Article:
Talent management can be defined as the sum of strategies, processes, and systems designed to attract, develop, and retain employees. In other words, how does a company acquire the right people for the right positions, continue to develop and mold those individuals into valuable contributors, and then keep them? The overall goal of talent management is to create a high-performing, sustainable organization that meets its strategic and operational goals and objectives.

Why is it critical to have a consistent, integrated, supported talent management function? The answer is clear: those companies that can excel in attracting/acquiring, developing, and retaining talent will create a distinct competitive advantage through lower costs, higher productivity, better quality, more satisfied customers, and better overall financial performance.


Attracting and acquiring the “right” (project management) talent is not an exact science but is facilitated by such things as having a solid corporate brand, a culture that is known to value its employees, and processes that are aligned with the overall business vision of the organization, all of which serve to draw talent to the company. Putting the right people in the right jobs and on the right projects hinges on the issue of “fit,” and more specifically, the mutual fit. Hiring managers should be just as concerned about the employee’s goals, career objectives, and interests as his/her technical and soft skills when filling workforce requirements. The most talented individual misplaced in the wrong position will not produce optimal results for either party. In order to win in the talent arena, companies must also establish and follow efficient and effective processes during the search, identification, screening, interviewing and selection phases of its project managers.


Upon acquisition of talent, what follows is a key variable to the talent equation. In fact, one could argue that development can be viewed as the link that drives the entire talent management process from the inside out, promoting both retention and attraction/acquisition. Talent development has never been as critical as it is today; as reported by Waxer (2013), it ranked as one of the most important indicators for project success in PMI’s 2012 Pulse of the Profession survey of more than 1,000 project professionals. Companies that make development commitments often stand out in the market as an employer of choice to employees who are hungry for growth and professional development opportunities in their knowledge and skills. In fact, lack of development opportunities is one of the largest causes of declining engagement and loss of top talent, again demonstrating that development impacts retention levels. According to Deloitte-Human Capital Trends (2013), studies consistently identify personal development as one of the top needs across all generations. Moreover, researchers writing in the Harvard Business Review (Deloitte, 2013, p. 13) found that employers who invest more in training and development outperform the market by up to 35 percent. Even during the downturn in 2001, the authors recorded a 4.6 percent increase in stock value among companies with strong talent development budgets.


Acquiring the right talent up front and developing them into valuable contributors makes retention critical given the investment lost (both in dollars and knowledge) if they leave. Retaining top talent is even more crucial in light of today’s sizeable talent gap. As highlighted by Lillian Cunningham, (PM Network, 2013), 83% of organizations report they have had difficulty finding qualified project management candidates to fill open positions in the past year. Therefore, once a company finds talented project managers, it is essential to keep them. This is where knowledge of your talent and development play a significant role in retention. Bright employees often share a dedication to self-improvement, thereby making training and seminars effective motivational tools. Providing development in the area of building more effective working relationships is also a way to contribute to retention as it builds stronger ties to the organization.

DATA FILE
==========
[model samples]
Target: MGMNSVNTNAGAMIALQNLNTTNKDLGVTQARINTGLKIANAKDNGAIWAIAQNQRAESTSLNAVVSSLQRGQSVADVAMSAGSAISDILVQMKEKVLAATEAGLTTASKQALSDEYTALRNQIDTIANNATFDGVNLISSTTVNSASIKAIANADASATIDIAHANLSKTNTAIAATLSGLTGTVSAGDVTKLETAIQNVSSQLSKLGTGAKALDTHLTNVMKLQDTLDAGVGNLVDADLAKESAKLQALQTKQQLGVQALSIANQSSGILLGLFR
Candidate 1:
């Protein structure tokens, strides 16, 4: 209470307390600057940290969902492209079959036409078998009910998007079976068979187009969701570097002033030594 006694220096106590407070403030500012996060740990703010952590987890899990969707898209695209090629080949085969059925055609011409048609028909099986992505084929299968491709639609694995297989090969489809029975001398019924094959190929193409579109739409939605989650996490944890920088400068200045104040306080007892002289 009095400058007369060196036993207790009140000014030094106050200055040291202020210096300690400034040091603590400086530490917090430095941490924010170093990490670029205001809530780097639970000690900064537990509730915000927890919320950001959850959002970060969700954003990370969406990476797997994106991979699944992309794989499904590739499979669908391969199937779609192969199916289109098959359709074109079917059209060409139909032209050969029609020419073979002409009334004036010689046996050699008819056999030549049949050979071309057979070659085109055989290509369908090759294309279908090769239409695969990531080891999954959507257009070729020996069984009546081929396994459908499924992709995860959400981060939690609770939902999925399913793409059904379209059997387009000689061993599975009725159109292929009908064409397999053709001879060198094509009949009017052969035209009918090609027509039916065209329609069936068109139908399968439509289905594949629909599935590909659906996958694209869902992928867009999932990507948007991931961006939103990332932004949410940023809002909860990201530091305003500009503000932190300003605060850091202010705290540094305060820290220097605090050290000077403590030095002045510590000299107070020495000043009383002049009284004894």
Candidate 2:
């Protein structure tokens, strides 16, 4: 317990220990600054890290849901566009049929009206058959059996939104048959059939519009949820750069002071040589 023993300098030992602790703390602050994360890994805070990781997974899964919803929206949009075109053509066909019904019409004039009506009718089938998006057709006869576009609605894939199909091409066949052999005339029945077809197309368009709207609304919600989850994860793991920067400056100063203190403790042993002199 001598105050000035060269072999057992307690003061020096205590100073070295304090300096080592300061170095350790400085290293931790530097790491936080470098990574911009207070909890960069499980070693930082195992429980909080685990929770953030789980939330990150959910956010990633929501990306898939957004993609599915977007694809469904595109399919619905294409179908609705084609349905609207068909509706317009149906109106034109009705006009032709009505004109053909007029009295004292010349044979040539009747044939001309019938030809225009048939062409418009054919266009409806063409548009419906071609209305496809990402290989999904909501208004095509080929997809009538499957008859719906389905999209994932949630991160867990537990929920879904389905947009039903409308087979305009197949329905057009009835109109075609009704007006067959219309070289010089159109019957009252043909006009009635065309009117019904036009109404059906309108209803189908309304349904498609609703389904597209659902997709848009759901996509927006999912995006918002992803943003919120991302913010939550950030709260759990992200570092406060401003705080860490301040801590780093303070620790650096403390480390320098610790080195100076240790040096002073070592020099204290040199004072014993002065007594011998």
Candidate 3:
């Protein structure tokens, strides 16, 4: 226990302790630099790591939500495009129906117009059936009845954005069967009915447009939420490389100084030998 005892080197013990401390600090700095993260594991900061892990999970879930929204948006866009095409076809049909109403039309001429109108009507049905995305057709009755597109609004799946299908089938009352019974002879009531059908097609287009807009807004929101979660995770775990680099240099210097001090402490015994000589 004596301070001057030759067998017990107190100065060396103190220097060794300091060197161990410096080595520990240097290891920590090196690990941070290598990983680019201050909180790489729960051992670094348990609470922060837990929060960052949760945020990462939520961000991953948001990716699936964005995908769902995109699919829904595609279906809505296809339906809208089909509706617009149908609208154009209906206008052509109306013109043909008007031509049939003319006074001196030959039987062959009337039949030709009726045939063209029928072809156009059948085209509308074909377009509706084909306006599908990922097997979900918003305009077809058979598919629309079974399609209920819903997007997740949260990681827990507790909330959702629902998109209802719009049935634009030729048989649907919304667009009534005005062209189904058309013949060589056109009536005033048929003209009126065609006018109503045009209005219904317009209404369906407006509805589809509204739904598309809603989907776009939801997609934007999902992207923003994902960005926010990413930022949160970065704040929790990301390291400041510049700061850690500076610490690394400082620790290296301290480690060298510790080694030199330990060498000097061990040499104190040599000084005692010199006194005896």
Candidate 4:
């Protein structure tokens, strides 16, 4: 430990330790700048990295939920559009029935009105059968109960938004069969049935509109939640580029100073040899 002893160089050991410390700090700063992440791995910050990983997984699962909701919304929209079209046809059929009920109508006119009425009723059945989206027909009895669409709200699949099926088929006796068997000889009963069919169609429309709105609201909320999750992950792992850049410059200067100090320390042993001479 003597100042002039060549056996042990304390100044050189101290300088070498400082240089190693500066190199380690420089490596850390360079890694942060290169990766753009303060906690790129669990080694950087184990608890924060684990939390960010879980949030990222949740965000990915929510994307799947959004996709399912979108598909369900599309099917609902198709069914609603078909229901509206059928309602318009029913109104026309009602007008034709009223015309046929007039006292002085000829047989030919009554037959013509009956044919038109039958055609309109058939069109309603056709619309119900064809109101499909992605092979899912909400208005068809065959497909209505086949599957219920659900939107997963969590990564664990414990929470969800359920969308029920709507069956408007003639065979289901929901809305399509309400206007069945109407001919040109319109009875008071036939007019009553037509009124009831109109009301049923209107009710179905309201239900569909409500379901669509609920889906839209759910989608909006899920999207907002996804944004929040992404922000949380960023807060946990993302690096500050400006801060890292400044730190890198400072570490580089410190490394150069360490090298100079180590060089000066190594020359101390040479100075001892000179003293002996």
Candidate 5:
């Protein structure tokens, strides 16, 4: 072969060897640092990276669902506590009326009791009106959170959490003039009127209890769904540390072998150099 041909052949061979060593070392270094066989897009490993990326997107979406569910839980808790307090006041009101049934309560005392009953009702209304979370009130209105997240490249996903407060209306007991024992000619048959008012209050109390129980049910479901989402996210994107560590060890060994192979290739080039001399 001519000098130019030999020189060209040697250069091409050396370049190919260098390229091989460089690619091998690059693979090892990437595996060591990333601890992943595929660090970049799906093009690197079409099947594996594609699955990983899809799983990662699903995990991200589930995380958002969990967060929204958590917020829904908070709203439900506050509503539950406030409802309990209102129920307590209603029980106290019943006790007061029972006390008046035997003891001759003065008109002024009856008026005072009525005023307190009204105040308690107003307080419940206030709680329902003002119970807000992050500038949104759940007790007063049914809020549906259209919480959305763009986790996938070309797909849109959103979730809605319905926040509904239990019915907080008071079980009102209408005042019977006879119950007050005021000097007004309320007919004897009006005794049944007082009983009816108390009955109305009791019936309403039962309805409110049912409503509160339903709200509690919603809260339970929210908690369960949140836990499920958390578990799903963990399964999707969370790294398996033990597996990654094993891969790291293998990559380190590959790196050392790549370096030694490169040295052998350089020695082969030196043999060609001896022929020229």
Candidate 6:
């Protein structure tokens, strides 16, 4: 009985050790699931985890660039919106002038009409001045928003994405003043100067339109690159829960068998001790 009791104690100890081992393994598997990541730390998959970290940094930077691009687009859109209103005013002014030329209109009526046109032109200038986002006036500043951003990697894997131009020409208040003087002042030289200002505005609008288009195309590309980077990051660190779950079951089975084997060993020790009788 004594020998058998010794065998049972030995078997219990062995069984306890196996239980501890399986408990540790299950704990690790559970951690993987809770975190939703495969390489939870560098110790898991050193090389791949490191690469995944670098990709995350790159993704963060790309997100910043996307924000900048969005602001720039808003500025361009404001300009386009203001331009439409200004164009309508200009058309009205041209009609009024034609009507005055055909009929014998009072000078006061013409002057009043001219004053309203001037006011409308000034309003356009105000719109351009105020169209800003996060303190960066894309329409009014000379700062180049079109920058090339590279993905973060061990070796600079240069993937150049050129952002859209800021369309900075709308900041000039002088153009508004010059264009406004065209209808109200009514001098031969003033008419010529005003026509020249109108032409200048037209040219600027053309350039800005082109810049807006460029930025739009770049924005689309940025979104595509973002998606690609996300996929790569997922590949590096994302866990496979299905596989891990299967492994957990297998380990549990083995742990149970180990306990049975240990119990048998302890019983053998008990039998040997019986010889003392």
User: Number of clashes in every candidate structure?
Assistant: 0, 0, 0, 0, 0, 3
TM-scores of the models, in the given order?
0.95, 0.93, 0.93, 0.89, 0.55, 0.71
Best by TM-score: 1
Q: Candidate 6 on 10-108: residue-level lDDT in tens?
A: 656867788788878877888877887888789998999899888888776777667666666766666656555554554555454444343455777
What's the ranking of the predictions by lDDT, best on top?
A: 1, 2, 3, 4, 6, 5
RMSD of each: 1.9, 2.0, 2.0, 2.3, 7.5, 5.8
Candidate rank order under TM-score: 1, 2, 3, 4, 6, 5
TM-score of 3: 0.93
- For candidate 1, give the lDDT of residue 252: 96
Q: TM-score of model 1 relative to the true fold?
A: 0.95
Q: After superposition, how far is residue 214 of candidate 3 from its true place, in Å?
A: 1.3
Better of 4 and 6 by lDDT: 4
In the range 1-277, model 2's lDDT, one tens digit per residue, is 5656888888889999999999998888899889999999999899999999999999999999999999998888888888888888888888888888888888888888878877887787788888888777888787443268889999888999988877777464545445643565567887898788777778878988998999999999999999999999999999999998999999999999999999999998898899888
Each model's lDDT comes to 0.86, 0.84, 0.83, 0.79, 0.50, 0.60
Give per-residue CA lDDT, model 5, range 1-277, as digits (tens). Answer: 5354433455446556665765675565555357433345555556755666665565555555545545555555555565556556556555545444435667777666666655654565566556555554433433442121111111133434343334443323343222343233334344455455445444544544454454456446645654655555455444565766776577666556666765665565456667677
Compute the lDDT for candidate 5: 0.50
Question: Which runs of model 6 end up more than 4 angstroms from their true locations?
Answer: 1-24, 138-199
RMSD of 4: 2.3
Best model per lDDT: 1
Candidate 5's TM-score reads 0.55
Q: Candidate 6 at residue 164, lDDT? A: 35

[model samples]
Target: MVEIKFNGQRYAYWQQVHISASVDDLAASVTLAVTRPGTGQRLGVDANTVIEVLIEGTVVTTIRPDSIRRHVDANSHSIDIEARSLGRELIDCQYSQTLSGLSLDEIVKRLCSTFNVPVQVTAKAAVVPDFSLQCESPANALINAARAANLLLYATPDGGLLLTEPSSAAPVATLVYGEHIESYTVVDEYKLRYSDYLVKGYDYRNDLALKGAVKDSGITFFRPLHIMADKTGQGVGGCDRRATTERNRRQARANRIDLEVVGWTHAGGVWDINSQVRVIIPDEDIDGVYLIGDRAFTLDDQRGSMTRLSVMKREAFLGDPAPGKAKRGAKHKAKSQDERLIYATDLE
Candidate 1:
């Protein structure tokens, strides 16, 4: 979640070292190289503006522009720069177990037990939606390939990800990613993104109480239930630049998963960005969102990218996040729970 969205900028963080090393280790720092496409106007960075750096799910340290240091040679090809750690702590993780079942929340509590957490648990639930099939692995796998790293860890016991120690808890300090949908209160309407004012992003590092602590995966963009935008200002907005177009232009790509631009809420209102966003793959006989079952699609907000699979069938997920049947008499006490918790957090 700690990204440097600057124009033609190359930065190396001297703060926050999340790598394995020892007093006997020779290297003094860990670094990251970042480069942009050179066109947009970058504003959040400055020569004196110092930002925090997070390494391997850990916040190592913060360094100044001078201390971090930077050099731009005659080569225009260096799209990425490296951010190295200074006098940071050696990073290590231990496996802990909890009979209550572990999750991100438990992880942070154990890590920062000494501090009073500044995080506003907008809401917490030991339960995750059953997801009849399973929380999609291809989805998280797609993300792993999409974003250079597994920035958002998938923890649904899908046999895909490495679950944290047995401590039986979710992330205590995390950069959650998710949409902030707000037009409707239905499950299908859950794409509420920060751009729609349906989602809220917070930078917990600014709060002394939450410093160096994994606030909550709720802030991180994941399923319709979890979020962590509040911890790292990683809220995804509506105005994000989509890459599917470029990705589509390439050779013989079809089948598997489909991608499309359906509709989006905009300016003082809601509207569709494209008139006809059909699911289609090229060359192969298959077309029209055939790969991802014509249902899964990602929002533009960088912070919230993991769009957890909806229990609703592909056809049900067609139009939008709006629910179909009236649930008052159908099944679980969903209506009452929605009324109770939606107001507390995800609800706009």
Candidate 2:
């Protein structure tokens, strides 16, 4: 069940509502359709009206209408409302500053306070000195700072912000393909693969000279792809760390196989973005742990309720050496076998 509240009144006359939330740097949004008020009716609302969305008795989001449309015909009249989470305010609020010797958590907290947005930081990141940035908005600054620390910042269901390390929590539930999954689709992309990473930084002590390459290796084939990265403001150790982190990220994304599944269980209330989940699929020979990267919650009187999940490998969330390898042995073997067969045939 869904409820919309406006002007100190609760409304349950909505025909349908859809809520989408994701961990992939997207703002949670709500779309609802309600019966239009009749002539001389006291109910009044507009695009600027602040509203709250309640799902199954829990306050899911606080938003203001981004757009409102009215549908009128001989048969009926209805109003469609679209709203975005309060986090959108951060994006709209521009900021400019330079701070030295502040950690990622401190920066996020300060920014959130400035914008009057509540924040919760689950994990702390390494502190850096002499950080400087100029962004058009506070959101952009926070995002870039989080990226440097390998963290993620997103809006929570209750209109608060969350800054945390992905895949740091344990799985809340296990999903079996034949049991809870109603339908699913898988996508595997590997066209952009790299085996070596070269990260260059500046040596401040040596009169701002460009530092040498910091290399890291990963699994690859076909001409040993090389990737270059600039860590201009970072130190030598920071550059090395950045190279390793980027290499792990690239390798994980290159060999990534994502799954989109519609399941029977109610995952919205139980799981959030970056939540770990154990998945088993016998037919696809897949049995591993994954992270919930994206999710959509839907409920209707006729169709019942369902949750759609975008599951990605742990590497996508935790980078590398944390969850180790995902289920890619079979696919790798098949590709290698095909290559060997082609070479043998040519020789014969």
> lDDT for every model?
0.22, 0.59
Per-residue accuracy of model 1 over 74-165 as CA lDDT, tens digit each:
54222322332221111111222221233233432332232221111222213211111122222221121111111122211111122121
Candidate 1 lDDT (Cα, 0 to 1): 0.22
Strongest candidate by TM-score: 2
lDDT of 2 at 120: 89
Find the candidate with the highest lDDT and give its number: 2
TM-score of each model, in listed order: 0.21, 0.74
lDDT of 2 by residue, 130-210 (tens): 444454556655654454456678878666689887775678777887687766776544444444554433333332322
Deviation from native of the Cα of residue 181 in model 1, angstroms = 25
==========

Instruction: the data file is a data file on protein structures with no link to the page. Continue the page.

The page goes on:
It is individuals who comprise the teams that drive projects either to success, mediocrity, or failure. In addition to varying levels of hard and soft skills that are so often the focus of grouping individuals into teams, individual personalities play a critical role in how a team functions and performs. As many project managers can likely attest from experience, the personality factor can significantly affect (positively or negatively) the quality of communication, level of motivation, and degree of conflict that exists within a team. In fact, negative personality influences can actually derail a team from accomplishing project objectives leaving managers to wonder what happened to cause poor results when all the processes seemed to be in place for a successful outcome. Why not consider personality up front as a component in team member selection? As team selection/formation becomes more sophisticated, the argument could be made to include personality type in the mix of which team members to assign to a particular project. Certain types may be better suited for one project versus another, or a balance of types may be more desirable than a homogenous group.

Using scientifically validated instruments to discover one’s own style and priorities and to better understand other styles can serve as a foundation for building more effective working relationships. The use of individual assessments provides clarity on the gaps that exist between various personality styles and guides individuals on ways to adjust their behavior to bridge those gaps. Achieving deeper understanding of oneself and others serves to foster an environment of teamwork resulting in more cohesive, efficient, and effective project teams.